The writer of the book of Hebrews asks, “How much more should we submit to the Father of our spirits and live? … God disciplines us for our good that we may share in His holiness. No discipline seems pleasant at the time, but painful. Later on, however, it produces a harvest of righteousness and peace for those who have been trained by it” (12:9-11). Isn’t that what we want—“a harvest of righteousness and peace”? I’m pretty sure it’s what God wants.


What times in your life do you thank God for now, but at the time, it was very difficult to be thankful?

Prayers for Scott Boss and Fellowship of Christian Athletes

Pray for Scott’s transition into the Area Director role. There is a lot of foundational work that needs to take place in the midst of this uncertain time.



1 Samuel 1:16, 27-28, 2:5; John 11:40-44; Ephesians 2:1-10

Then God remembered Rachel; He listened to her and opened her womb.” (Genesis 30:22)

Don’t be fooled by apparent barrenness or weakness—not even actual barrenness or weakness. God delights to work in the blank spaces. He created the world and the stars out of nothing. His strength is made perfect in weakness.

Jesus told the church at Sardis, “I know your deeds; you have a reputation for being alive, but you are dead” (Revelation 3:1). But remember: Jesus raised Lazarus from the dead (John 11:40-44), so He can raise us from the dead. In fact, He did already. It was when we were dead in our trespasses and sins that He made us alive in Him and seated us with Him in heavenly places, giving us an agenda of good works which He has prepared for us to live out (Ephesians 2:1-10).

Remember, God often uses barrenness as a starting point of fruitfulness. It happened for Rachel, who was Jacob’s second wife. Leah, his first wife, had babies; Rachel had none. In her heartache, Rachel told her husband, “Give me babies or I die” (Genesis 30:1). God heard her cry and opened her womb—not one baby, but two: one named Joseph, the second named Benjamin. From Joseph came Caleb and Joshua; from Benjamin came Paul.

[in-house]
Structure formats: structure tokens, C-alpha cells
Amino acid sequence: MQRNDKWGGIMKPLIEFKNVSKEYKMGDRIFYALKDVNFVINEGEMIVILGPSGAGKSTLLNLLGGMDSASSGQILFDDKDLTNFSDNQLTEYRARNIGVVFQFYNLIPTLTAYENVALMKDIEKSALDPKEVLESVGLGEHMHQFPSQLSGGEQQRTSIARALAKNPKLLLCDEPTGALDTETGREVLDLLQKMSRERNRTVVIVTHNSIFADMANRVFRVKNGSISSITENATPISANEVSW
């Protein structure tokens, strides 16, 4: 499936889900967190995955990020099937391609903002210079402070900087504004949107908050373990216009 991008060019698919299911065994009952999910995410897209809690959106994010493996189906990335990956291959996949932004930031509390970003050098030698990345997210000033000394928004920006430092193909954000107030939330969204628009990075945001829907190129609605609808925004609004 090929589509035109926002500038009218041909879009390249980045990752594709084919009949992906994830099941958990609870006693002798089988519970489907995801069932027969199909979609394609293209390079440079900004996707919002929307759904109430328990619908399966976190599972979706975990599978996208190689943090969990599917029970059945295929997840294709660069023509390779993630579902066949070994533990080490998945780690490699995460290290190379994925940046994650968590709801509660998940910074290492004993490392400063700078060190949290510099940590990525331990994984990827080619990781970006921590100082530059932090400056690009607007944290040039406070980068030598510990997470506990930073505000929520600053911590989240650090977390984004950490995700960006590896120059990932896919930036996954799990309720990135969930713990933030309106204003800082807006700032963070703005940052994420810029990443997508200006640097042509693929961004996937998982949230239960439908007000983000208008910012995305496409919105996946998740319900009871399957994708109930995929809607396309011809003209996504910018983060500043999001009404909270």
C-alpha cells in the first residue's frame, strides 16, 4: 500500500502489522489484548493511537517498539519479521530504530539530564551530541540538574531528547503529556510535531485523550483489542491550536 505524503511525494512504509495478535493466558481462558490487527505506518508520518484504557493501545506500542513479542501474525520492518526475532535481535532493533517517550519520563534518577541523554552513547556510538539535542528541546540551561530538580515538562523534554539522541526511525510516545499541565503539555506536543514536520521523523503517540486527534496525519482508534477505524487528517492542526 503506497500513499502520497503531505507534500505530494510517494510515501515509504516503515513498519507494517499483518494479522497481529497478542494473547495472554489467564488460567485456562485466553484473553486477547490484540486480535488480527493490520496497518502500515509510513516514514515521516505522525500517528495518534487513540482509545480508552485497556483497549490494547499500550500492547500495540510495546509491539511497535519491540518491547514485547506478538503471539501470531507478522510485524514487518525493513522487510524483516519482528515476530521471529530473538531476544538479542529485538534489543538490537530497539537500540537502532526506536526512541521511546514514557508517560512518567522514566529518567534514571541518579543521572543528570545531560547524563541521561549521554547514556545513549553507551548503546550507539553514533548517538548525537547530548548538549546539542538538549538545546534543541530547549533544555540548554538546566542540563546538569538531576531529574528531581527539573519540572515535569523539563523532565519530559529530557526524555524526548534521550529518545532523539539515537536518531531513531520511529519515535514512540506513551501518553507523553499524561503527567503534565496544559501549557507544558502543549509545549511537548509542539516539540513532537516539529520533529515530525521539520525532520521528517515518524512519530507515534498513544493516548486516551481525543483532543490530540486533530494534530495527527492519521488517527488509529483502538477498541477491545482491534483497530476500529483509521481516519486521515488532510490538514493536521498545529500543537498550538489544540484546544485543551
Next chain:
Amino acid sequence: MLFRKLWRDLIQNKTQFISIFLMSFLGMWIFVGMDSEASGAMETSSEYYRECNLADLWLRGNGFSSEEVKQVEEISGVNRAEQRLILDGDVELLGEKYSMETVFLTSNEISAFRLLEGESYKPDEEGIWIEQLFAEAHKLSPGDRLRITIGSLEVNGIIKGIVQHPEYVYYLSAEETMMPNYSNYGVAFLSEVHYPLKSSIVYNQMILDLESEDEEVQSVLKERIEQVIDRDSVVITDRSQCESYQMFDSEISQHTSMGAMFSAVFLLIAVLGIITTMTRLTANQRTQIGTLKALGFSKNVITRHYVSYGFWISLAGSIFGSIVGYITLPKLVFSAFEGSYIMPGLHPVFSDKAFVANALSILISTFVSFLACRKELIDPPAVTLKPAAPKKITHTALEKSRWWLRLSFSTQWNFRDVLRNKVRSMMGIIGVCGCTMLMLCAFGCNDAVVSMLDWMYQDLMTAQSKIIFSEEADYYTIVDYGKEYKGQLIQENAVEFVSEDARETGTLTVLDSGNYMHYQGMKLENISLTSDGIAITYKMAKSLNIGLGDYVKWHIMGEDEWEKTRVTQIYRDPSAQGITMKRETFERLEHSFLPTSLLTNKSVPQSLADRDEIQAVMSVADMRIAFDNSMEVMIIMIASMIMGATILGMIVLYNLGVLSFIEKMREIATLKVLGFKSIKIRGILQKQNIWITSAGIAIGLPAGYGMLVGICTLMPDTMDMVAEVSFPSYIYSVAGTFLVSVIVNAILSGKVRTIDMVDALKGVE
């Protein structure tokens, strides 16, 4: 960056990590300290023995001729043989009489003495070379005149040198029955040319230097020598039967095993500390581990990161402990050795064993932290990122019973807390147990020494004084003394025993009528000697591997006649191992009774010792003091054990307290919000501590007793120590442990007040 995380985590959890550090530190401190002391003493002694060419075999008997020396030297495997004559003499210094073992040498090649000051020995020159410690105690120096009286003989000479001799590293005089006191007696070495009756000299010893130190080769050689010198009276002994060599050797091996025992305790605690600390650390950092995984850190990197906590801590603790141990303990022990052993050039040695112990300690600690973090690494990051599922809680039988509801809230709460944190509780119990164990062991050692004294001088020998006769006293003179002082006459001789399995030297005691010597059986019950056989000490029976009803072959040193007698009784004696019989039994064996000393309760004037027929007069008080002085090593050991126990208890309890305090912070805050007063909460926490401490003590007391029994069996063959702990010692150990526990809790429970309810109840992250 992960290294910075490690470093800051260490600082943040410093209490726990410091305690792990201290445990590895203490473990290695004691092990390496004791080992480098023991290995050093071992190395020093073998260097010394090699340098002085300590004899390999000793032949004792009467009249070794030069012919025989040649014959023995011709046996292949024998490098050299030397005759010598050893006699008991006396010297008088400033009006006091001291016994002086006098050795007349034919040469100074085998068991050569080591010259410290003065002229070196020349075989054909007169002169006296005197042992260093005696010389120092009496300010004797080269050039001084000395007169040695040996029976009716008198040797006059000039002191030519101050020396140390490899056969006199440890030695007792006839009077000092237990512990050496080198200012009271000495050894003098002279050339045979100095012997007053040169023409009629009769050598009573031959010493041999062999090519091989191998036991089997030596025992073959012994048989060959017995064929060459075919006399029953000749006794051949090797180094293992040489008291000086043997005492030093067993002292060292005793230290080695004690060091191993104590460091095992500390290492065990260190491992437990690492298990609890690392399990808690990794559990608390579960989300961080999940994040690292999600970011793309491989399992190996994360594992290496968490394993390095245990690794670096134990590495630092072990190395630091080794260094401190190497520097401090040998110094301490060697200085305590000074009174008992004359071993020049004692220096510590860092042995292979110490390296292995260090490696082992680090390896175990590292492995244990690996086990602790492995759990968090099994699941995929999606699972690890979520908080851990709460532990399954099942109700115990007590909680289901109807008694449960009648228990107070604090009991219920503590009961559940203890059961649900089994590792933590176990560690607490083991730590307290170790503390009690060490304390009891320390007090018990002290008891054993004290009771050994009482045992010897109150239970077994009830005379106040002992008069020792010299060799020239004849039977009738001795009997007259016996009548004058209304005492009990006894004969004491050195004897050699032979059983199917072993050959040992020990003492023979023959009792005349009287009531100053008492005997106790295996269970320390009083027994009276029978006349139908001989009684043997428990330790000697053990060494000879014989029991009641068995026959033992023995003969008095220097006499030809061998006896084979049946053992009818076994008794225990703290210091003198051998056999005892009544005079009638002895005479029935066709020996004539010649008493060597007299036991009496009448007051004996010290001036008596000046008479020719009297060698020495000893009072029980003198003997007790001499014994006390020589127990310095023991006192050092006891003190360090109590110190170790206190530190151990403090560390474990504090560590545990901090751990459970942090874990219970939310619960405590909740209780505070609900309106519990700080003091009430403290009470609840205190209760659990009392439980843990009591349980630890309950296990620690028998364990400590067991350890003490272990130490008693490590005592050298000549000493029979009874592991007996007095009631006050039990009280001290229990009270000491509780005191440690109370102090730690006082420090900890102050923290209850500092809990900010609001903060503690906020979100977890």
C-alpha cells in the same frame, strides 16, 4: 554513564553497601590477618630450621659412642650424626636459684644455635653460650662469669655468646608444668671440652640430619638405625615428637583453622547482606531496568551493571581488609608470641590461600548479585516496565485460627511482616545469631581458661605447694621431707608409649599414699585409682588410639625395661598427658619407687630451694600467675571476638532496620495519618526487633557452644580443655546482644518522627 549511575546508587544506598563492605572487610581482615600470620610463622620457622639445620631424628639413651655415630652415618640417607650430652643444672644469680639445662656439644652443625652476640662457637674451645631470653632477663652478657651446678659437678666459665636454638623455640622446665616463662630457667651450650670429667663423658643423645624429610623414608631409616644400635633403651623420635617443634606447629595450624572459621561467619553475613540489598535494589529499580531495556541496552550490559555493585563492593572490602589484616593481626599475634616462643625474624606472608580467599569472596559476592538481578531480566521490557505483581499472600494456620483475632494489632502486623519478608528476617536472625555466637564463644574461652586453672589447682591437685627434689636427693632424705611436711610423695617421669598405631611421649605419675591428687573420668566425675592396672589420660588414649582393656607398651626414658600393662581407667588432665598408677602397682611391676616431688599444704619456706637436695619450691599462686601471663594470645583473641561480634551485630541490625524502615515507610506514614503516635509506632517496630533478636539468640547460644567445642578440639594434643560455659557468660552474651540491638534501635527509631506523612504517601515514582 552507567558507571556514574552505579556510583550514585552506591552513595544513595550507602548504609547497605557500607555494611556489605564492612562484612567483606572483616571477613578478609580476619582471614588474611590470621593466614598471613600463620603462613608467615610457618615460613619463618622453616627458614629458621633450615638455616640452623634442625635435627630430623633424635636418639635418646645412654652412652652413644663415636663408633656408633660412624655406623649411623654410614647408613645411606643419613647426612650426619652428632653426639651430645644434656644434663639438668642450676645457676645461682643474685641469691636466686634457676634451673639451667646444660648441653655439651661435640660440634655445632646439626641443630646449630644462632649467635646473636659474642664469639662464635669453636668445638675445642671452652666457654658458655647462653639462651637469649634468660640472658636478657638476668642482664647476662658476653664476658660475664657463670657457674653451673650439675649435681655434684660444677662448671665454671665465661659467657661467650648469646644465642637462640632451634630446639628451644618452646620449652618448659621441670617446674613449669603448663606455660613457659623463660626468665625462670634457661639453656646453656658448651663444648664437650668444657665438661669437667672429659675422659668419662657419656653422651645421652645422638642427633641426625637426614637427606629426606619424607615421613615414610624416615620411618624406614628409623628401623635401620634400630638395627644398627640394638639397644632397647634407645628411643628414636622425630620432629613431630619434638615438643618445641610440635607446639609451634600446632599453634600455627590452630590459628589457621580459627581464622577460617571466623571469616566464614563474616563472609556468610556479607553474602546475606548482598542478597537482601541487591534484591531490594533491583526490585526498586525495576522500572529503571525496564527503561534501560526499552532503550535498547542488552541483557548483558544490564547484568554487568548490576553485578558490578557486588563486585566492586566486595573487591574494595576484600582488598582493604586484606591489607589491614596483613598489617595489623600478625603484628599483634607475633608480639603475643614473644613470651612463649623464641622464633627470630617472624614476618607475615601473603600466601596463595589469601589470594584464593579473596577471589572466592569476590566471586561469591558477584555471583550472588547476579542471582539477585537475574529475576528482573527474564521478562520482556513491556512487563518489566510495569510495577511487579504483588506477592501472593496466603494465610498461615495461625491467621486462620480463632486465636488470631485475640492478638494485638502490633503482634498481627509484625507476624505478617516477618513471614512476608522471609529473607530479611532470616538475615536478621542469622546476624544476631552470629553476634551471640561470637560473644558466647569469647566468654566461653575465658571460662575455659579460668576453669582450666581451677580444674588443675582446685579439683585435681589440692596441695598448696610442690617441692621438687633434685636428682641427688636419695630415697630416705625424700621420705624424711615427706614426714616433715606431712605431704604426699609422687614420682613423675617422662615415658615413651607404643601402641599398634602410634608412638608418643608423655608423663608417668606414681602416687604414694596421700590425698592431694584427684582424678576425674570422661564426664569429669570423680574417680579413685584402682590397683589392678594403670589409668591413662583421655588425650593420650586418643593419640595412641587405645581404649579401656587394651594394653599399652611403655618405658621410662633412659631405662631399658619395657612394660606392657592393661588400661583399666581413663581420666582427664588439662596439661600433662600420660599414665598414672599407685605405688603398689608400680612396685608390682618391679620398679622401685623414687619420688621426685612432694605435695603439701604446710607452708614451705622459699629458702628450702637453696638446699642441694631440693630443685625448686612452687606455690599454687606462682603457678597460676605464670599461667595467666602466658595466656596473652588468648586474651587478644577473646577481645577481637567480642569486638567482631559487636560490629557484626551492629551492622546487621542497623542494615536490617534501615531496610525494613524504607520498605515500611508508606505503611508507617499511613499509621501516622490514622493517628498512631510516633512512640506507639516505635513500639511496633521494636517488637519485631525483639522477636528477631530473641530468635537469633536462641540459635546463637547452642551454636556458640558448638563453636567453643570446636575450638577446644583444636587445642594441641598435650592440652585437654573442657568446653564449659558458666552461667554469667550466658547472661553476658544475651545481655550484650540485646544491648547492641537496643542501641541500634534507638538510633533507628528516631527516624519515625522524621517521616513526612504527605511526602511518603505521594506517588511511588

What God did for Rachel, He also did for Hannah. He gave her a baby named Samuel. And Hannah gave Samuel back to the Lord. And look what the Lord did with Samuel—he became a great prophet who anointed David to be king of Israel. What God did for Rachel and Hannah, He will do for us. He will use our barrenness as a starting place and make us fruitful for His glory. “More are the children of the barren woman than of her who has a husband” (Isaiah 54:1).


Where in your life/world is there barrenness (unfruitfulness), where “nothing seems to be happening”? Pour out your heart to God in prayer (like Rachel and Hannah did) for the matters that are “going nowhere.” Believe God can make these matters come to fruition. This is what He does.

Prayers for Scott Boss and Fellowship of Christian Athletes

Pray for Scott Boss as he navigates things like a funding base, an area board, and staffing. Pray for discernment and for God to lift up the right people to run alongside him in the effort to see hearts impacted by Jesus through each athlete’s sport.



John 15:16; Joel 2:25

I will restore the years the locust has eaten.” (Joel 2:25)

When the locusts come, they not only eat this year’s crop, they eat up years of crop-making ability. It is a culture-wide, years-long, debilitating destabilization. So when God promises to restore the years the locust has eaten, it is a very big thing He is promising!